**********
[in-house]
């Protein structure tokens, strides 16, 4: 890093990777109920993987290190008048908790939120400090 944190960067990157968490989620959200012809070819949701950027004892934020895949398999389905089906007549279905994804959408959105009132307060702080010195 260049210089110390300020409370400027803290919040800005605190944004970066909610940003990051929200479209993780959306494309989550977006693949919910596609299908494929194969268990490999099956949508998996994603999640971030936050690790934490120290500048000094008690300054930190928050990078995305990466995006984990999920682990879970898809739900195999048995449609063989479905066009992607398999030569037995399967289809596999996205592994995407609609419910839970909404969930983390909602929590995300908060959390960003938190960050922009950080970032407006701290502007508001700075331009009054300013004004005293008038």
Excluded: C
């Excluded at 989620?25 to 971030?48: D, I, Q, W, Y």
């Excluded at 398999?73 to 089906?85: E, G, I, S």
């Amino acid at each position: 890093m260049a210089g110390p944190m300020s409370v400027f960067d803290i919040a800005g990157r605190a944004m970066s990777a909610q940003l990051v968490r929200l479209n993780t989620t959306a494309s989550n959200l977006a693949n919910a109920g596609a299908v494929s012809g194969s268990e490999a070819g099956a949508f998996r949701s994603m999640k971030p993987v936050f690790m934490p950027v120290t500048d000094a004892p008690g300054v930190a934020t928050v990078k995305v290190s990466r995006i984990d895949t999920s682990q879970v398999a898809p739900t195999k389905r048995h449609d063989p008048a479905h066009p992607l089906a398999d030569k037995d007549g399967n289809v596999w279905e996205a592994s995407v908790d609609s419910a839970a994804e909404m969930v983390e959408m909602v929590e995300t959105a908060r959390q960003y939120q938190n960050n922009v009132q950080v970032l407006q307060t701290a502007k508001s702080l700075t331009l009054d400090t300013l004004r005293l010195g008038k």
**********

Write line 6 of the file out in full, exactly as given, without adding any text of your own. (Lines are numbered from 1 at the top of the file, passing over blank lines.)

């Amino acid at each position: 890093m260049a210089g110390p944190m300020s409370v400027f960067d803290i919040a800005g990157r605190a944004m970066s990777a909610q940003l990051v968490r929200l479209n993780t989620t959306a494309s989550n959200l977006a693949n919910a109920g596609a299908v494929s012809g194969s268990e490999a070819g099956a949508f998996r949701s994603m999640k971030p993987v936050f690790m934490p950027v120290t500048d000094a004892p008690g300054v930190a934020t928050v990078k995305v290190s990466r995006i984990d895949t999920s682990q879970v398999a898809p739900t195999k389905r048995h449609d063989p008048a479905h066009p992607l089906a398999d030569k037995d007549g399967n289809v596999w279905e996205a592994s995407v908790d609609s419910a839970a994804e909404m969930v983390e959408m909602v929590e995300t959105a908060r959390q960003y939120q938190n960050n922009v009132q950080v970032l407006q307060t701290a502007k508001s702080l700075t331009l009054d400090t300013l004004r005293l010195g008038k």